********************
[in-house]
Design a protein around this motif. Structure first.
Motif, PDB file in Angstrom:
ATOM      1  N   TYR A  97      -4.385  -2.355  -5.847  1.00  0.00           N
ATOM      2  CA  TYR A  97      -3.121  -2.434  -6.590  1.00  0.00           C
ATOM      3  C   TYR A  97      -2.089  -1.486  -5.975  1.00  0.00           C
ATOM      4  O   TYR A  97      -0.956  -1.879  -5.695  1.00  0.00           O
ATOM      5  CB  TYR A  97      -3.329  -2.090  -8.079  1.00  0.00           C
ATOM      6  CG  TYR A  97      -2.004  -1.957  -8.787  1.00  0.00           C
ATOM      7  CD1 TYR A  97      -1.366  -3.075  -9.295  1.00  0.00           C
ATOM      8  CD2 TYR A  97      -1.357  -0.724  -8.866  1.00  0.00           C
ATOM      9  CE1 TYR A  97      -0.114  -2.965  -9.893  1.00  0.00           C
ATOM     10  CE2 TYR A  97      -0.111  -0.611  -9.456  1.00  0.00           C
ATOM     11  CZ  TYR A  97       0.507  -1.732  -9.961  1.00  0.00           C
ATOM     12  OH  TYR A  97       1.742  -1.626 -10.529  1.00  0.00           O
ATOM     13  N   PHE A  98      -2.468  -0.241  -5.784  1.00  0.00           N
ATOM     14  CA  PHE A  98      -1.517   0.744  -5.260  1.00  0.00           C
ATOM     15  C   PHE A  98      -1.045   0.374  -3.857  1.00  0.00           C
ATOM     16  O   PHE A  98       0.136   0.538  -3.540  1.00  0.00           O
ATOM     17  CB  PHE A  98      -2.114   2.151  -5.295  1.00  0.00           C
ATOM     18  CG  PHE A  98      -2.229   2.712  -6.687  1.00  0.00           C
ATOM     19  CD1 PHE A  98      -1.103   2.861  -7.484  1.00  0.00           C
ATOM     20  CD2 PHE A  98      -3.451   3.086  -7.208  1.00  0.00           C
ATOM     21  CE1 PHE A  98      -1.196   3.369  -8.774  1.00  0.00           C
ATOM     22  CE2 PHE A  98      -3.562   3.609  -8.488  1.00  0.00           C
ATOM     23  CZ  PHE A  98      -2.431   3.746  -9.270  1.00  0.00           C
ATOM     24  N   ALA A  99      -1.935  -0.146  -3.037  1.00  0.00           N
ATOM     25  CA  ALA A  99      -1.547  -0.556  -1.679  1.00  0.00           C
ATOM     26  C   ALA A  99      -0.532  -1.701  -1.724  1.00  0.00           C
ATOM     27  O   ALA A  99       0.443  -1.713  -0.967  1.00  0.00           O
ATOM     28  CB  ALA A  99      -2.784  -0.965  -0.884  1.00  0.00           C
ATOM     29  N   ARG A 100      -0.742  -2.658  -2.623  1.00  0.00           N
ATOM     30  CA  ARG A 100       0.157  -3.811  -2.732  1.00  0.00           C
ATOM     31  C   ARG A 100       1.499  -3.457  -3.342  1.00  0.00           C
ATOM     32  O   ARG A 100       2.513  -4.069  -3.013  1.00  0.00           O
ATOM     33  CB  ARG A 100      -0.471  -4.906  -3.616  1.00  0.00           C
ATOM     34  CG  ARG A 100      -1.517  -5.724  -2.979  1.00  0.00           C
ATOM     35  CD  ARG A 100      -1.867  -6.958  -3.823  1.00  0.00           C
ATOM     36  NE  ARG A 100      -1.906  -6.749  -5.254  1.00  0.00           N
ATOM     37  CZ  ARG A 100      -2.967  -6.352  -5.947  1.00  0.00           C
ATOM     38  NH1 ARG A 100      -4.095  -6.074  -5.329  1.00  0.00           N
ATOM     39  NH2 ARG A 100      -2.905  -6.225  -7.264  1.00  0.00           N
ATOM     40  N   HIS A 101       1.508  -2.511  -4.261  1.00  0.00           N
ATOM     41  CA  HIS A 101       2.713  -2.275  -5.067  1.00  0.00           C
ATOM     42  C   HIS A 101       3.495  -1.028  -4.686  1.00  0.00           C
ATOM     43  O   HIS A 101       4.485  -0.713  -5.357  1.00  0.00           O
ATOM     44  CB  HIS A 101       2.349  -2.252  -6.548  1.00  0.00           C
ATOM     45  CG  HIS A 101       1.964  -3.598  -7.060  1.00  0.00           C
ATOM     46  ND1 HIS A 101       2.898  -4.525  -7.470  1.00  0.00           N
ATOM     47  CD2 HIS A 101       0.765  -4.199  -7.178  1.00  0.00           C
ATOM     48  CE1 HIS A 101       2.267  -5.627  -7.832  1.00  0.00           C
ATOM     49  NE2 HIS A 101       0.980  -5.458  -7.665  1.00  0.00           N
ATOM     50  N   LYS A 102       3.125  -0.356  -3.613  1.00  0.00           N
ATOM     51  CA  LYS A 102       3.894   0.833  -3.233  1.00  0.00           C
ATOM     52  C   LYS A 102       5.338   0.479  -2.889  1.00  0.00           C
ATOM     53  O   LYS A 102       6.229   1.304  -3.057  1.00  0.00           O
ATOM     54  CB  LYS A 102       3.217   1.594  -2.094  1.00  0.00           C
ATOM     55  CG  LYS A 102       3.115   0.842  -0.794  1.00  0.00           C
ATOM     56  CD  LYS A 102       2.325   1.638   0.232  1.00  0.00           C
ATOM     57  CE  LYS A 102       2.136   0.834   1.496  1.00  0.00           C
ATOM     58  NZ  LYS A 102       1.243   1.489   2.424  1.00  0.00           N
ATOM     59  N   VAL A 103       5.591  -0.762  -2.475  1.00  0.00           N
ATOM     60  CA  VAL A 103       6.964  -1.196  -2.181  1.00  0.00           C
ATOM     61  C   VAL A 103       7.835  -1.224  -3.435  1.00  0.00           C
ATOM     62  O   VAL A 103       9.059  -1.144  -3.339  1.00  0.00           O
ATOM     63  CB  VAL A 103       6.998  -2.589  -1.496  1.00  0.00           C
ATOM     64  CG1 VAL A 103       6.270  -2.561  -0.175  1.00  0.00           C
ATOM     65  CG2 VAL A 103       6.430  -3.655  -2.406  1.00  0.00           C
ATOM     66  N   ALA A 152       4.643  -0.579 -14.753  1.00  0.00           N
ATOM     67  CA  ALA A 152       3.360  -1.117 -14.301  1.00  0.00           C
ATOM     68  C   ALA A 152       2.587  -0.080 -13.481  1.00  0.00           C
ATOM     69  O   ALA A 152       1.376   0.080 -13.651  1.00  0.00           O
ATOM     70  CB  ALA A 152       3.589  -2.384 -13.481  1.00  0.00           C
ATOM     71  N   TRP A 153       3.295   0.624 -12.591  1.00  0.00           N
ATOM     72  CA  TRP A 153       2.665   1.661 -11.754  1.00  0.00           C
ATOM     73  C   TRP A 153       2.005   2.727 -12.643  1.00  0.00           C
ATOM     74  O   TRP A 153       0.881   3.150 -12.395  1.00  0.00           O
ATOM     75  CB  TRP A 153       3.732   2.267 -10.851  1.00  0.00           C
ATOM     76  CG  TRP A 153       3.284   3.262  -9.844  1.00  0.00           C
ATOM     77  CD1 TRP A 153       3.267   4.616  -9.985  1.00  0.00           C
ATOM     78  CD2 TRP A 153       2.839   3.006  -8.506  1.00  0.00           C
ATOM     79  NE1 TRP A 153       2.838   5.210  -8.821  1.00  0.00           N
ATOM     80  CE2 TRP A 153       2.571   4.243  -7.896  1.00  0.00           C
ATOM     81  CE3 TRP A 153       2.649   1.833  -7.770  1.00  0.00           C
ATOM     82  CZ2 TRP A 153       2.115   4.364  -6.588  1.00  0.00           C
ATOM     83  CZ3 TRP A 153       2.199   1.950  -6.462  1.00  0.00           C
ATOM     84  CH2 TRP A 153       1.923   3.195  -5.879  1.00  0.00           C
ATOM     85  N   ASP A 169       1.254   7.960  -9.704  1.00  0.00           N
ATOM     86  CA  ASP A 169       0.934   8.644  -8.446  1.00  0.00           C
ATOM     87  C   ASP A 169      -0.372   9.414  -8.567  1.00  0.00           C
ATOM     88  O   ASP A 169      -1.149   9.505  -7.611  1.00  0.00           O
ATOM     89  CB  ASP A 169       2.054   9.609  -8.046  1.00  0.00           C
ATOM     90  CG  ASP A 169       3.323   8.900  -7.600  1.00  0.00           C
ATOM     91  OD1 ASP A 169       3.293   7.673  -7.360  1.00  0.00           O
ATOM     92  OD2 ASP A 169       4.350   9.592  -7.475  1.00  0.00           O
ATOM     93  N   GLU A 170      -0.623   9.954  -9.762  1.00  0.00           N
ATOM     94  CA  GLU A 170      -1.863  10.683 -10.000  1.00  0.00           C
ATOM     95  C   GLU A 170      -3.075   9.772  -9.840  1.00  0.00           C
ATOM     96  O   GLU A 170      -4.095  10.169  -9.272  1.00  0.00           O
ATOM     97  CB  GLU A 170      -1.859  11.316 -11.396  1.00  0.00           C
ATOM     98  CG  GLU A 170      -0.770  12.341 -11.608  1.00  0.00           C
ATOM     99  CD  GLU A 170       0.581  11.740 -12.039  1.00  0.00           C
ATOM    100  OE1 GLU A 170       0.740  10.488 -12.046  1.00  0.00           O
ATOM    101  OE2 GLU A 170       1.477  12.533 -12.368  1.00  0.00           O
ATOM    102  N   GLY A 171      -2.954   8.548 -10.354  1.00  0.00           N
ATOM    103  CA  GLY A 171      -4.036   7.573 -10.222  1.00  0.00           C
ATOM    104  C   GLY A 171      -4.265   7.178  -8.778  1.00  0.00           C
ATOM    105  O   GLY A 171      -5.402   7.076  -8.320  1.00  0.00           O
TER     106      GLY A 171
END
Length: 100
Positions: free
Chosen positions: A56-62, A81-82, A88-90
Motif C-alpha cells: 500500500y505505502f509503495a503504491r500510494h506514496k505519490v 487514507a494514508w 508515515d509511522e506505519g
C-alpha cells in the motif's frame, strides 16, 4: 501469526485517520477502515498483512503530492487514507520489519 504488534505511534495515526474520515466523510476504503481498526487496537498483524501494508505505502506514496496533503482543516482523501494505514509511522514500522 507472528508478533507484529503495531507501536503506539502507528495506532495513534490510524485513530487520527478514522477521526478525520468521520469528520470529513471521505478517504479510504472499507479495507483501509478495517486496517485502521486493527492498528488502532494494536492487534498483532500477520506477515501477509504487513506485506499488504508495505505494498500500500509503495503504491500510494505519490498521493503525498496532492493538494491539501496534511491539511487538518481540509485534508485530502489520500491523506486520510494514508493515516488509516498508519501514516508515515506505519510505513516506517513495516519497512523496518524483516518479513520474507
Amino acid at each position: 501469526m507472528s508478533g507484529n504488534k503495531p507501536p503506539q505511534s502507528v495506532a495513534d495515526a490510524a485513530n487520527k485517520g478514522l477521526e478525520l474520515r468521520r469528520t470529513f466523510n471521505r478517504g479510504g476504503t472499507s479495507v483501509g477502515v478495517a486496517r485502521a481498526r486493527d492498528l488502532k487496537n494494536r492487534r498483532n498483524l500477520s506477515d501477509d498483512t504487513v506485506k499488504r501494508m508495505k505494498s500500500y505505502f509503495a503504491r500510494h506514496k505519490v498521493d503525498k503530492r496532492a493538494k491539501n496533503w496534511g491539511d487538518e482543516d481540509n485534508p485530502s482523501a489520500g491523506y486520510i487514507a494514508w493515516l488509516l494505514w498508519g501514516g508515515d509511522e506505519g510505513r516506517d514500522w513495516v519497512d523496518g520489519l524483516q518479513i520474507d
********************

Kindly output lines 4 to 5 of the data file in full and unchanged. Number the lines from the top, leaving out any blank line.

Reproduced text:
ATOM      1  N   TYR A  97      -4.385  -2.355  -5.847  1.00  0.00           N
ATOM      2  CA  TYR A  97      -3.121  -2.434  -6.590  1.00  0.00           C